if you guys find a reason or a setting i would be very interested to know

                           

                          would it help to contact intel about this? i feel if i spend the money on a p67 board and a K-series i5 i should be able to overclock

                          • 10. Re: Intel DP67DE Throttling
                            Ready_Eddie

                            No, I don't think anyone ever did.

                             

                            I was hoping Inel was monitoring this forum.  Please feel free to contact them and report what they say.

                             

                            The last thing I saw posted in May was that a fellow received one of the 4 phase versions of this board, and that it still throttled.

                             

                            My solution was to buy an ASRock board and put the Intel board (it's B3 replacement actually) up for sale on eBay.

                             

                            Regards

                            • 11. Re: Intel DP67DE Throttling
                              downset

                              i tried live chat on the intel website.

                              the support representative told me he could not help me as intel advices not to overclock even if your product alows it.

                               

                              when i asked why they sell a P67 MB and a K-series i5 if overclocking is not an option he send me the link to the following pdf:

                              http://downloadmirror.intel.com/19482/eng/DP67BG_PerfTuningGuide01.pdf

                               

                              that was all he could do.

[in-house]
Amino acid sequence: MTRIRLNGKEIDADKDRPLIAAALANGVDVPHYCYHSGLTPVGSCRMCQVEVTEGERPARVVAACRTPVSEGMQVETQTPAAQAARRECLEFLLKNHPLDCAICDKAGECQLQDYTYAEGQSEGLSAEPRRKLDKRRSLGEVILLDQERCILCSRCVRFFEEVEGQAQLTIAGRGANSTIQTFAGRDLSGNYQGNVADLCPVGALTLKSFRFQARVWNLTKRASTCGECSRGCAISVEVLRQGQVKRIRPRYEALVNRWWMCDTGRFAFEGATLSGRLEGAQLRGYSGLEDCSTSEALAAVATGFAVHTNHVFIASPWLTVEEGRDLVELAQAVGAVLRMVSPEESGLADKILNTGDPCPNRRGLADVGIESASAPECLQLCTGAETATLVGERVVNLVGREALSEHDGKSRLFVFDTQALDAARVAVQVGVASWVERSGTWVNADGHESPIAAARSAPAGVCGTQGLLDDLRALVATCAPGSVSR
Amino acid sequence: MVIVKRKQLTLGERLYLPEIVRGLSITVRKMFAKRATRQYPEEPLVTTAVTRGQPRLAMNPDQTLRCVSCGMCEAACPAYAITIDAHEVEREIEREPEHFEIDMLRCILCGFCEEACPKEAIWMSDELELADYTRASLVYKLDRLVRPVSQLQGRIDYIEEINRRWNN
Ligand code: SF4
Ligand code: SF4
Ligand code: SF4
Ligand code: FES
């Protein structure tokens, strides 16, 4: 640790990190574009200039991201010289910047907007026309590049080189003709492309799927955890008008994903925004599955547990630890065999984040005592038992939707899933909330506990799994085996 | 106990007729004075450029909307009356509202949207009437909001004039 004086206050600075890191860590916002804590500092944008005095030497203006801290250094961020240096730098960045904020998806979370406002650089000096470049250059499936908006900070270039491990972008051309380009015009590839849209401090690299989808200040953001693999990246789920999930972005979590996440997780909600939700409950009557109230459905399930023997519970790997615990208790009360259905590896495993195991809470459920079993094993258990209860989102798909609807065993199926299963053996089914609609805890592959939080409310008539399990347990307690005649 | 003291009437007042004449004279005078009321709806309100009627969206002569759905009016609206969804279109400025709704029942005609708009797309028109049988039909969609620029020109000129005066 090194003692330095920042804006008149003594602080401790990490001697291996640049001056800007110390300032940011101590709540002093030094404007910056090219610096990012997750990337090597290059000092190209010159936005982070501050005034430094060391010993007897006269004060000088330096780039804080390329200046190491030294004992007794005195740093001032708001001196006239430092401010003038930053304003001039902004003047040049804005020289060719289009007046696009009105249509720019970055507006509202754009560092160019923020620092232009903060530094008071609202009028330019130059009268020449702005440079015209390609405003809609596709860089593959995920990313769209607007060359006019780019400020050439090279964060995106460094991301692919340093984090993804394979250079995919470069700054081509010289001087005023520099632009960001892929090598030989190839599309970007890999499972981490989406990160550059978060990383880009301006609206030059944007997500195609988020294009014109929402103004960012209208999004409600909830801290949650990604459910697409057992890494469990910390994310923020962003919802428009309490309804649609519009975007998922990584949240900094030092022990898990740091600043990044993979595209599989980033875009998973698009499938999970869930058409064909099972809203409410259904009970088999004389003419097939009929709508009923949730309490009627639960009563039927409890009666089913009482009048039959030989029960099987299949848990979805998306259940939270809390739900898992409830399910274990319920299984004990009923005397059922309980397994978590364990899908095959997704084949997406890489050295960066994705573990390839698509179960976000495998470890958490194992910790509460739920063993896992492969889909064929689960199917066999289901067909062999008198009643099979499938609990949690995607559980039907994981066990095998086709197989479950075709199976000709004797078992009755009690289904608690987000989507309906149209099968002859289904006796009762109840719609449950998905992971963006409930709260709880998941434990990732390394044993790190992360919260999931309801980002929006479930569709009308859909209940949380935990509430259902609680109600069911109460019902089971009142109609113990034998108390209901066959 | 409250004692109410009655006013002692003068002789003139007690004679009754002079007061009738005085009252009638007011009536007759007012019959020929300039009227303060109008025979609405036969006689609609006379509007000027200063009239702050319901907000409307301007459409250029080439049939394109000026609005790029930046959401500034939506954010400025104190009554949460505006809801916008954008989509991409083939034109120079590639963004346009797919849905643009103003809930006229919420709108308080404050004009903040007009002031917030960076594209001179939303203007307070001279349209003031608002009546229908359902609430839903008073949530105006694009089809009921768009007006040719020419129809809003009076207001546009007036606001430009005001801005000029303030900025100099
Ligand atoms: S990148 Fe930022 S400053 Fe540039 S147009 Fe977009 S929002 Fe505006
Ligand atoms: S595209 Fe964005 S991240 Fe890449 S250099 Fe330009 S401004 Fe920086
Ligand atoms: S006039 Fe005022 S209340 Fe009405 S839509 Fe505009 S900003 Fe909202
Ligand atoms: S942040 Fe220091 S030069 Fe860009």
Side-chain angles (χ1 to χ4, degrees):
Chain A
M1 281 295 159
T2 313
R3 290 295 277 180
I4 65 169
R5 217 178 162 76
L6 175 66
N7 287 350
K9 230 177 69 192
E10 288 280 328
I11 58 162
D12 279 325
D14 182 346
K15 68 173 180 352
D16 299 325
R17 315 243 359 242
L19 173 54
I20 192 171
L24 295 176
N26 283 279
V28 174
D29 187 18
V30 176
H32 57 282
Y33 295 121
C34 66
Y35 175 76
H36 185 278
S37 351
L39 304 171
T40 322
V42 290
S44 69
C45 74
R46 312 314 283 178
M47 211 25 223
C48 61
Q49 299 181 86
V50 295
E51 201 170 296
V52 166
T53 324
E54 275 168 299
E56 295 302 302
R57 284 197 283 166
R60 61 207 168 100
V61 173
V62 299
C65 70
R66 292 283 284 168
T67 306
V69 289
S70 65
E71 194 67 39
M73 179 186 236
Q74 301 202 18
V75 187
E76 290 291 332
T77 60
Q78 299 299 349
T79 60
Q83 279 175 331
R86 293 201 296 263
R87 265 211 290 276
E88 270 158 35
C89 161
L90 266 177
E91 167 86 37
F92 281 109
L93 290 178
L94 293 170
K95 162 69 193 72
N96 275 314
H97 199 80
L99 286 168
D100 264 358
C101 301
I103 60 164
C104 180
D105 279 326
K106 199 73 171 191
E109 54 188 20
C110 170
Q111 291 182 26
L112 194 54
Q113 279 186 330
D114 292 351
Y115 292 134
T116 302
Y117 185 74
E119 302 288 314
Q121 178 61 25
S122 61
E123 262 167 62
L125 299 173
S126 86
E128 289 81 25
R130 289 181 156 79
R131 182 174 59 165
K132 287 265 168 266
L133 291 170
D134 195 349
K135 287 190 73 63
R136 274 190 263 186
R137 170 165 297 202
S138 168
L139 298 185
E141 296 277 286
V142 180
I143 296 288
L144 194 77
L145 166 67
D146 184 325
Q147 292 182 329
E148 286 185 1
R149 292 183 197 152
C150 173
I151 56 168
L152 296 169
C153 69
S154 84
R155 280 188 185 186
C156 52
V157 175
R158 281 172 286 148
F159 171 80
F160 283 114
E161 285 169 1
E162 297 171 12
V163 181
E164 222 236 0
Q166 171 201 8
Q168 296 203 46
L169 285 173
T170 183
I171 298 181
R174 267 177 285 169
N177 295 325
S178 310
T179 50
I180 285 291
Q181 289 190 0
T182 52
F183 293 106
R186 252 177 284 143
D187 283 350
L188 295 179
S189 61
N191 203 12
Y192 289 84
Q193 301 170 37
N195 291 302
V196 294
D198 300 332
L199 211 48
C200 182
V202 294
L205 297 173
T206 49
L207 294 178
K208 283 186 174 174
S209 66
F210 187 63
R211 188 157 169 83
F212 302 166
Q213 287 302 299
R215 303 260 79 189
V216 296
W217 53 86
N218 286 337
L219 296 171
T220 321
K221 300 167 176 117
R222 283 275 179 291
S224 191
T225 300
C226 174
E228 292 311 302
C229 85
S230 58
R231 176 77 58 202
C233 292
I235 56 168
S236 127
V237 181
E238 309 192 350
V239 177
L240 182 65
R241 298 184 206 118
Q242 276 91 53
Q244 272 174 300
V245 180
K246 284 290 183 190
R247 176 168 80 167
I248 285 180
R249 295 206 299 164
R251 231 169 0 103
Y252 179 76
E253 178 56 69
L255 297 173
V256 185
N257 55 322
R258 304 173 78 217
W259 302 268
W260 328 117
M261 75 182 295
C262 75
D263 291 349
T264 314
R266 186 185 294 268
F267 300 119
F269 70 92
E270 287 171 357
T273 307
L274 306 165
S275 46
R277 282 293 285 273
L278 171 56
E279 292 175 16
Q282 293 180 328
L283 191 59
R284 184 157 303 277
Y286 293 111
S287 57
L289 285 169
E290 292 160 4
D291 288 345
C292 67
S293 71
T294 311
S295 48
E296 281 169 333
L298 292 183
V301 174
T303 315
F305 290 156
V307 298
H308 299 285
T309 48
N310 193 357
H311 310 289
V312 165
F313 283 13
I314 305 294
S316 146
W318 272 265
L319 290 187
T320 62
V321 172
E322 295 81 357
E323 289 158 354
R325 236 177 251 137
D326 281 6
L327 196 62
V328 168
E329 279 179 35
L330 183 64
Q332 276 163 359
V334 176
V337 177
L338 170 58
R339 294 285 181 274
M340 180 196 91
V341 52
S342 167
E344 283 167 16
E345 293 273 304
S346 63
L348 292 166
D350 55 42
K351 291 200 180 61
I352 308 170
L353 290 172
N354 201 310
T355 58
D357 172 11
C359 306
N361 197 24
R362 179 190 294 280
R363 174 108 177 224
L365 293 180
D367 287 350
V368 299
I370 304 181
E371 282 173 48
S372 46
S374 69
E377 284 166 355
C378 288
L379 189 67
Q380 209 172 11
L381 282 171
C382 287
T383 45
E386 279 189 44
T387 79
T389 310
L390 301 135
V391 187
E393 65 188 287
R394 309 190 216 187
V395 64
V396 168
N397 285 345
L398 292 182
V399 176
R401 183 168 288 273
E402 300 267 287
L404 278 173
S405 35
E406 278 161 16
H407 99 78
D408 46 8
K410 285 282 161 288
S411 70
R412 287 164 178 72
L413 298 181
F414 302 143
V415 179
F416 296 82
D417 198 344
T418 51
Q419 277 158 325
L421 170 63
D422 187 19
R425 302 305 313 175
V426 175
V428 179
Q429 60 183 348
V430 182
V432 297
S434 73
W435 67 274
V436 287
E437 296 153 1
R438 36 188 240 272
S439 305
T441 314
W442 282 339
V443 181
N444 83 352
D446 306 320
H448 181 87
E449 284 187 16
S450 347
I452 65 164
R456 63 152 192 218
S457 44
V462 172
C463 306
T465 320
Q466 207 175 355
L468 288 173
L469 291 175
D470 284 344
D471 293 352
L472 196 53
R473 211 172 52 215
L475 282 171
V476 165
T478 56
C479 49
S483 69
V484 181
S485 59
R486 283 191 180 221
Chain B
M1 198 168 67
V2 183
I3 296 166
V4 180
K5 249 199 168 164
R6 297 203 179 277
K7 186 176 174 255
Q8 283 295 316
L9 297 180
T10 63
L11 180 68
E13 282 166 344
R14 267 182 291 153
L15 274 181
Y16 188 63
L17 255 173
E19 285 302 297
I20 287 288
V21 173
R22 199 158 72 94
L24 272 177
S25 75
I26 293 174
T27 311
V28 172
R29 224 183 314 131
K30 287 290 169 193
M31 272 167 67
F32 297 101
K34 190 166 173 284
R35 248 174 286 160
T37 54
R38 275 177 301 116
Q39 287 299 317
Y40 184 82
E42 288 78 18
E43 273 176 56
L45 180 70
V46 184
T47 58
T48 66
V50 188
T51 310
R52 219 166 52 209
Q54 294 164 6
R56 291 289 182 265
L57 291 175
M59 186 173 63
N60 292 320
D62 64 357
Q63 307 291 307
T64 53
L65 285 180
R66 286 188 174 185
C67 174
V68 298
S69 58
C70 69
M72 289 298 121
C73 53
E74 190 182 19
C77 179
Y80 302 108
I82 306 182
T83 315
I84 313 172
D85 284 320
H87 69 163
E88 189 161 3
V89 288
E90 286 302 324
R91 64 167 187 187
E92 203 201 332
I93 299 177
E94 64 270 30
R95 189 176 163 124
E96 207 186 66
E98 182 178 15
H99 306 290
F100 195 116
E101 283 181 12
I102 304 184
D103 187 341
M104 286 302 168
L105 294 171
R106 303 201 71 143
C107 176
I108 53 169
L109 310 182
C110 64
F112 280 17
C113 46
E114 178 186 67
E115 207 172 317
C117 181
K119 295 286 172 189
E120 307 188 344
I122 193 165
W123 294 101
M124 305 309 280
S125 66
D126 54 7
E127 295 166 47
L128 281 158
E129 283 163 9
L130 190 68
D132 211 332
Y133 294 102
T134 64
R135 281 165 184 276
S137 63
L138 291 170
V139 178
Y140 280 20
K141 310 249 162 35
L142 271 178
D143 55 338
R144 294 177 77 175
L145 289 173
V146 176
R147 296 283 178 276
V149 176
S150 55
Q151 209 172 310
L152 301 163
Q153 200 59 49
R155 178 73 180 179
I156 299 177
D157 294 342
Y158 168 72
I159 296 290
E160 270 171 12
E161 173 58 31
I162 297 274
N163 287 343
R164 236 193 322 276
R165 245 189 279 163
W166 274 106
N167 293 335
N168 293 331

if you think about it a P67 limits fuctionality (can't use the build in GPU) and is more expensive

                              the K-series have no extra value on a P67 board and are more expensive

                              so you pay extra twice and have gained nothing, the prommised option to overclock (the sole reason for P67) is not supported and doesn't work

                              i can't understand why they even put this MB in the market

                               

                              probably will have to sell my MB too and get an other brand

                              • 12. Re: Intel DP67DE Throttling
                                Ready_Eddie

                                Intel advised not to overclock?  Therefore they can't talk to you?  That is really, really lame.

                                 

                                Here is the real story is from their site:

                                "Built-in processor frequency and memory frequency tuning
                                The Intel Desktop Board DP67DE is equipped with built-in capability to adjust processor frequency and memory frequency for Intel® Core™ processors with tuning capability to maximize computing performance as determined by the user (see note 3)."

                                Note 3: "Intel does not warrant against use of its processors and desktop boards outside of specification. Intel recommends users to ensure sufficient airflow and cooling of the system when enabling the processor and memory frequency tuning feature."